Latinos face housing bias, says official
A Basalt councilman charged this week that Aspen and Pitkin County are discriminating against Latinos through their affordable housing program.
Councilman Steve Solomon said the upper-valley governments aren’t doing enough to incorporate Latinos into worker housing in their jurisdictions. The governments’ failures, he said, force Latinos to live downvalley and commute long distances to work although they are the backbone of Aspen’s construction and service industries.
To support his claim, Solomon noted the low numbers of Latinos living in the 1,700 affordable housing units and attending Aspen’s public schools. They are disproportionately low when compared to the demographics of Aspen’s work force, he said.
Solomon stopped short of accusing the upper-valley governments of racism.
“I don’t think it’s racist. I think to be racist you have to be conscious of it,” he said.
But he is highly critical of the governments’ alleged ongoing bias in housing policies.
Specifically, he accused Pitkin County government of doing too little to preserve housing for Latinos. He accused the Housing Authority of doing nothing to purge its process of cultural biases that prevent Latinos from applying to buy or rent affordable housing units. And he accused housing policy makers of setting income guidelines that discriminate against Latinos, who often hold lower-paying jobs.
Solomon aired his grievances Wednesday in a meeting with Pitkin County commissioners. While discussing the county’s efforts to preserve affordable housing near Holland Hills, Solomon said “the philosophy is good but it’s being applied selectively.”
He suggested the county should do more to preserve the Roaring Fork Mobile Home Park. That neighborhood, an enclave within Basalt which includes several Latino families, faces the potential threat of redevelopment.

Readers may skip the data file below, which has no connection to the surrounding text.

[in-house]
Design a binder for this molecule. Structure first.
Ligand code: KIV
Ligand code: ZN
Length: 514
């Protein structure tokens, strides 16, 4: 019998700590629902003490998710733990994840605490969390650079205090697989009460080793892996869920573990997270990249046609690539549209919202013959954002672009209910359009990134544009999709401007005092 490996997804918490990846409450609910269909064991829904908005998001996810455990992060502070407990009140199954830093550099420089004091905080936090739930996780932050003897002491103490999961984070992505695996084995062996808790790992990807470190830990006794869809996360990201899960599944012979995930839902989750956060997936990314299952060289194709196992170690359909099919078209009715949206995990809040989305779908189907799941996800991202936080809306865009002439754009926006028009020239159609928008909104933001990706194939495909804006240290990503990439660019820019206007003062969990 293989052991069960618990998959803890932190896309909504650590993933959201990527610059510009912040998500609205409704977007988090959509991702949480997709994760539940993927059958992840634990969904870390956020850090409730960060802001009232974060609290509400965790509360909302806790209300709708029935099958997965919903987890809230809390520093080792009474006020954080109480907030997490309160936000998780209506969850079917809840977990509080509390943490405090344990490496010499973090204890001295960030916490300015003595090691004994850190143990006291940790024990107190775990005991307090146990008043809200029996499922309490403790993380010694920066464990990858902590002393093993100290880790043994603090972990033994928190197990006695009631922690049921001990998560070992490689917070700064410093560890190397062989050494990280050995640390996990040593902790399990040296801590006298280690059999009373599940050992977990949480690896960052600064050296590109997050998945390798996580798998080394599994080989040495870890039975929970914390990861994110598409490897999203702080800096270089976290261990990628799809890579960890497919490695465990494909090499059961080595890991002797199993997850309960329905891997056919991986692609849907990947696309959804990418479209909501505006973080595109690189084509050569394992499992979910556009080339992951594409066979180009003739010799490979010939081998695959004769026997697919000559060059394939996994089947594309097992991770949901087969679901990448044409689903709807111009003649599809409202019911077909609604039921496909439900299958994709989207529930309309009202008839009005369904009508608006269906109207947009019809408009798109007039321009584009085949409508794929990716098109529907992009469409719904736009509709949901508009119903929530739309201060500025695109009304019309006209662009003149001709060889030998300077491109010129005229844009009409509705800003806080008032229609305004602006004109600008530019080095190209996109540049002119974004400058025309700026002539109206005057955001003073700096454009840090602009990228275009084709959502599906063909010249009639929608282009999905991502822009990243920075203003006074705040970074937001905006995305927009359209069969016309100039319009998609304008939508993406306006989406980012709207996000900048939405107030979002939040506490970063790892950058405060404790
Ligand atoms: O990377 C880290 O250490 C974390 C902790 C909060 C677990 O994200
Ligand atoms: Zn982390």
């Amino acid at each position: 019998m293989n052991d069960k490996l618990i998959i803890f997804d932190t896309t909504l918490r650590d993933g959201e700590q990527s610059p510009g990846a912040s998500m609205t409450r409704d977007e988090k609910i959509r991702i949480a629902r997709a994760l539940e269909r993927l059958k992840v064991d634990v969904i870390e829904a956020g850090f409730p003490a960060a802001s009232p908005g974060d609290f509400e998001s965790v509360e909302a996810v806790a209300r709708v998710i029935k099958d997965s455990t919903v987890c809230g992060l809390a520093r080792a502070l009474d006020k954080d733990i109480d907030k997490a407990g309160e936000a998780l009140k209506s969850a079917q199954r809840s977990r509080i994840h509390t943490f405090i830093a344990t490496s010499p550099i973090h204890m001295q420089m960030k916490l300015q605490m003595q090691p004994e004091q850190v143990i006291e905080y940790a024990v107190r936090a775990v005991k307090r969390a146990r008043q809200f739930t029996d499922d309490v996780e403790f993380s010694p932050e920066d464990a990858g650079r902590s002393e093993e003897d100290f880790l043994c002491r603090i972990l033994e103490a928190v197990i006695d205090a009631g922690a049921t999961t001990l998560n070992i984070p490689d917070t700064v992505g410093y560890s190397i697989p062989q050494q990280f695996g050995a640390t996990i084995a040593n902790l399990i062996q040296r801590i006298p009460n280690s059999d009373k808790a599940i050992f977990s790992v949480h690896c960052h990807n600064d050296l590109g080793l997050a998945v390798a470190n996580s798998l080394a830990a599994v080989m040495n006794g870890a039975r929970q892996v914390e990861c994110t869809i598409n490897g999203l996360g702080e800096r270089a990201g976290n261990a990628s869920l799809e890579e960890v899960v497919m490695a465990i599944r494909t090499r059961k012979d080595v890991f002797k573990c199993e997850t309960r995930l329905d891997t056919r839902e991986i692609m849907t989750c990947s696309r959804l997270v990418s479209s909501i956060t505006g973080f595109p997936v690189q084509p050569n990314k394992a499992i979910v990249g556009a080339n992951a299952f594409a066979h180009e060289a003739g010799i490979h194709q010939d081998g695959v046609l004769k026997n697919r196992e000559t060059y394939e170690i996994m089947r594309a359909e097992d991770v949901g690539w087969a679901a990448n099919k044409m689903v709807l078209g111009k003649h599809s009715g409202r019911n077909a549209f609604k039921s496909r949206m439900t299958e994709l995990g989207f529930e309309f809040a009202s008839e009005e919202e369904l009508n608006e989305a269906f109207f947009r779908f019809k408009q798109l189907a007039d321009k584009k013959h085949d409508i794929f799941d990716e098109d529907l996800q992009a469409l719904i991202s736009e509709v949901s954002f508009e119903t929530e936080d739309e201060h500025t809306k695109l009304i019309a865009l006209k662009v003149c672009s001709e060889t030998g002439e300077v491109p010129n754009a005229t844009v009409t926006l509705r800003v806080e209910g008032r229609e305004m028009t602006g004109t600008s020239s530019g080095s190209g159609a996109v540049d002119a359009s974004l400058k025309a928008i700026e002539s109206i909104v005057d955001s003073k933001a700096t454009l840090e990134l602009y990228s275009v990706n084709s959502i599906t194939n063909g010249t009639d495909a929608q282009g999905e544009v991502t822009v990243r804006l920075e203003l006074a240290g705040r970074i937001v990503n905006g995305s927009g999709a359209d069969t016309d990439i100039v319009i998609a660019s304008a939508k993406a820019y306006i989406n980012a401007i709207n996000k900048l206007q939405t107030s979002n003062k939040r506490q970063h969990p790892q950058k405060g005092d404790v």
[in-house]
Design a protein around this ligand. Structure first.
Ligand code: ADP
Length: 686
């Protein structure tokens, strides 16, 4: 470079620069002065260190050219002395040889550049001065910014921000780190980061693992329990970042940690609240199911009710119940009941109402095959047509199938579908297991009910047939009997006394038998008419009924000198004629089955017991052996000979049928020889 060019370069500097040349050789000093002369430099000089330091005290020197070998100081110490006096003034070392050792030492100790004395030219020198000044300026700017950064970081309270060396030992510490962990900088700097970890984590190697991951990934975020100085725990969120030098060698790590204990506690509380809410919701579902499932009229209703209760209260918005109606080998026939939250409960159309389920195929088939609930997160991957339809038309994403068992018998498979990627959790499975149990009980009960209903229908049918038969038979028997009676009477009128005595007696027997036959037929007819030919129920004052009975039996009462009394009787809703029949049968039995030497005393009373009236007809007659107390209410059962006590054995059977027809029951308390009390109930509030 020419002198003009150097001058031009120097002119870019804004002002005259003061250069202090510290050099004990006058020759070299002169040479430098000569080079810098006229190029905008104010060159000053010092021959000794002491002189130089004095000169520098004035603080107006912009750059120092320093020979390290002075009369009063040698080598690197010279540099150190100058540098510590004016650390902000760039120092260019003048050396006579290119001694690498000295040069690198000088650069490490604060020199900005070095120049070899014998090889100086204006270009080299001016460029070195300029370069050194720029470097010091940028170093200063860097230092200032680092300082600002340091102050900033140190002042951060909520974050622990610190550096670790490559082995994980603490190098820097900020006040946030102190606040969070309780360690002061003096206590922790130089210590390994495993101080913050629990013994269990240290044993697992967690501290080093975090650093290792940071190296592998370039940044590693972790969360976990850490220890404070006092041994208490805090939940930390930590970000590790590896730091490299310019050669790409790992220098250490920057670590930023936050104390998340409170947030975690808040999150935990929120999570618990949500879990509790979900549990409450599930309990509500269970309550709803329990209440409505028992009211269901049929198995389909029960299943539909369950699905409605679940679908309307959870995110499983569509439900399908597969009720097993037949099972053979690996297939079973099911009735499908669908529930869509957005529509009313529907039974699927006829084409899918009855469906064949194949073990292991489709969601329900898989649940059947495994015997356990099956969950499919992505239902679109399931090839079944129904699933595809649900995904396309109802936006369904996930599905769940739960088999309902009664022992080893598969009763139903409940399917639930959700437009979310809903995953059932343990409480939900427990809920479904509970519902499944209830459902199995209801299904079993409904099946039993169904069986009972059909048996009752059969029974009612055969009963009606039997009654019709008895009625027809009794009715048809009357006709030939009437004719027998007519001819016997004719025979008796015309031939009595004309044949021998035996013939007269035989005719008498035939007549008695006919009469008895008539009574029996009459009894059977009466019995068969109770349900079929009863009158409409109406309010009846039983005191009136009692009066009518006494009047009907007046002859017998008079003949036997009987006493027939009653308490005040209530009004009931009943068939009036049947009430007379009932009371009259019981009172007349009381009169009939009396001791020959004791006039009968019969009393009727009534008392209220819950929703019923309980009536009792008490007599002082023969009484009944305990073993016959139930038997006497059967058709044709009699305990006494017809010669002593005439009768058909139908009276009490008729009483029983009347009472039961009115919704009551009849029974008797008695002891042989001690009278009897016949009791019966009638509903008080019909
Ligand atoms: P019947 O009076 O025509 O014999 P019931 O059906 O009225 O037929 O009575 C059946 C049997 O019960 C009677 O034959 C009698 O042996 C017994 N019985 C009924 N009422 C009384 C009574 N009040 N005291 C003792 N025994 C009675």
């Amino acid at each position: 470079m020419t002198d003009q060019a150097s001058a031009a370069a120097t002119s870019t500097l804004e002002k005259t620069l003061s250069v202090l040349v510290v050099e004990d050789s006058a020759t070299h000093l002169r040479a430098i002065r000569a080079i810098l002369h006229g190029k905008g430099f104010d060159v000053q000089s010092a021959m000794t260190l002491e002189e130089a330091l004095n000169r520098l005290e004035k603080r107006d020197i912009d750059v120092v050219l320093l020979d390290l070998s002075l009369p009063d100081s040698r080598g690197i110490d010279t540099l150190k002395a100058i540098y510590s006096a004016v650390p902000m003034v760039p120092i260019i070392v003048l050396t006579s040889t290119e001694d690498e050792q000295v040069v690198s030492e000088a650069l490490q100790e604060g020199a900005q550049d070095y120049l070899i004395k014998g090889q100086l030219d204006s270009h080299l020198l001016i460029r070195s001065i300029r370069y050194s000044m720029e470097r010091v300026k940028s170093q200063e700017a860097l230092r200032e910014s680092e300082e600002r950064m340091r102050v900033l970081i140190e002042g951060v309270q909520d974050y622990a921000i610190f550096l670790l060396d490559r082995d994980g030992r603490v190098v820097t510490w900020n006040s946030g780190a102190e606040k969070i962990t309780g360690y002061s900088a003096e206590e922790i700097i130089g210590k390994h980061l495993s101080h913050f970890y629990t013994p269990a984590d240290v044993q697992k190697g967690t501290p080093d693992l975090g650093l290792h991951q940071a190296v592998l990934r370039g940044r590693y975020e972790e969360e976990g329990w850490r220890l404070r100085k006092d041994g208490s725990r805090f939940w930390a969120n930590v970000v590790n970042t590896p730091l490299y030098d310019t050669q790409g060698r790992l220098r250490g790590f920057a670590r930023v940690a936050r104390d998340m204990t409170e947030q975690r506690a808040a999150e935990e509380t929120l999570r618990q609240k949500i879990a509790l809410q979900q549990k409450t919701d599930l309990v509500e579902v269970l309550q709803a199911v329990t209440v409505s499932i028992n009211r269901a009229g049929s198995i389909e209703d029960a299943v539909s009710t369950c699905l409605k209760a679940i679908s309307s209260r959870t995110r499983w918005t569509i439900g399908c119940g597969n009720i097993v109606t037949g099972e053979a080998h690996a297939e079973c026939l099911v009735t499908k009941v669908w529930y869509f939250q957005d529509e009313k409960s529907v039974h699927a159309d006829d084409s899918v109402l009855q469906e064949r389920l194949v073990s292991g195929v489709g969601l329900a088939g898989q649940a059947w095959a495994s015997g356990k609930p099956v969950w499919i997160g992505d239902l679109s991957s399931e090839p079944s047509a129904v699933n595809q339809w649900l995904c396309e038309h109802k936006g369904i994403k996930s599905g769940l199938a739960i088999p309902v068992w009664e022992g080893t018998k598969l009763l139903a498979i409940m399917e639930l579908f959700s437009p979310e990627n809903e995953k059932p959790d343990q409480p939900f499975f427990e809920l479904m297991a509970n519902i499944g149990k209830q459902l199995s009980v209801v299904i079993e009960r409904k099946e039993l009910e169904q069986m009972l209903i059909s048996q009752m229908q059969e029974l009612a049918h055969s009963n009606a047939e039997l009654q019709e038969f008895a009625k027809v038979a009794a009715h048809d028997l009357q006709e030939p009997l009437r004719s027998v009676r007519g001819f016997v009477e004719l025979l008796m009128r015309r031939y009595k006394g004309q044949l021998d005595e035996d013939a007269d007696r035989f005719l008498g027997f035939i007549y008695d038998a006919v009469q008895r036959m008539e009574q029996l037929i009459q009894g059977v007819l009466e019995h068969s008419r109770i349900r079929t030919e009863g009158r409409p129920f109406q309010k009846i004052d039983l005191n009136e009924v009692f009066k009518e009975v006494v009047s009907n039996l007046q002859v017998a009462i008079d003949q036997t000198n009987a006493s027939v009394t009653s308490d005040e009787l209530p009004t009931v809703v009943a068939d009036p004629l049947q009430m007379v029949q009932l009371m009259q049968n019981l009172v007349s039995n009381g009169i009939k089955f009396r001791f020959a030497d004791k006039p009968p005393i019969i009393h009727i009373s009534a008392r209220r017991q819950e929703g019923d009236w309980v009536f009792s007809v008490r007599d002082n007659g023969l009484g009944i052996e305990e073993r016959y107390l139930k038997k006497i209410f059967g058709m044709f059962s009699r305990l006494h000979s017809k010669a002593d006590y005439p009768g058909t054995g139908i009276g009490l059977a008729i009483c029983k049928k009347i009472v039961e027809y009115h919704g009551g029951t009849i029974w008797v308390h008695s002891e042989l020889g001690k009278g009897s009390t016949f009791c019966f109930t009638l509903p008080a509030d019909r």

Solomon’s comments brought an instant and angry response from Commissioner Mick Ireland. He said Roaring Fork Mobile Home Park residents would already be out in the cold without past county actions that limited the developers’ options. Ireland also noted that the county has helped Lazy Glen trailer park residents without regard to the color of their skin.
When it comes to preserving existing affordable housing, Ireland said he doesn’t care if residents “are from El Salvador or from the moon.”
Councilwoman Jacque Whitsitt intervened in the discussion before it became more heated.
Afterward, Solomon acknowledged the issue he tried to raise might have been lost. “My point wasn’t to say, `You racist bastards, straighten up,’ ” Solomon said.
He said his point was to say it’s not enough to avoid discrimination. Local governments’ housing policies must actually go beyond casting a blind eye and do more to invite Latinos into the system, he said.
While Anglos might be “culturally bred” to accept a bureaucratic process “that sticks a stethoscope deep” into a family’s financial affairs to see if they quality for housing, Latinos might be overwhelmed by that process, he said. Solomon questions what the Housing Authority has done to be more welcoming.
Solomon said he’s willing to bet that less than 1 percent of the upper valley’s inventory of 1,700 deed-restricted housing units is occupied by first-generation Latinos.
His research showed that while Latinos comprise a large but unknown percentage of Aspen’s work force, Latinos don’t live where their children could attend Aspen’s public schools.
In 1998, Aspen High School had 22 Latino students, the middle school had 28 and the elementary school included 36.
In the Basalt school district, there were 76 Latinos in high school, 87 in middle school and 206 in elementary school.
Housing policies should be adopted throughout the valley that are more in line with worker demographics, Solomon said.
Basalt government also was a target of Solomon’s criticism. After serving several years on the planning commission and three years on the Town Council, Solomon said he knows from experience Basalt has “zero programs designed for that part of our constituency.”
However, Basalt’s fledgling affordable housing program can be more easily altered, he said. Solomon said he just recently became aware of the prejudices built into the system against Latinos. Now it’s his intent to work on solutions.
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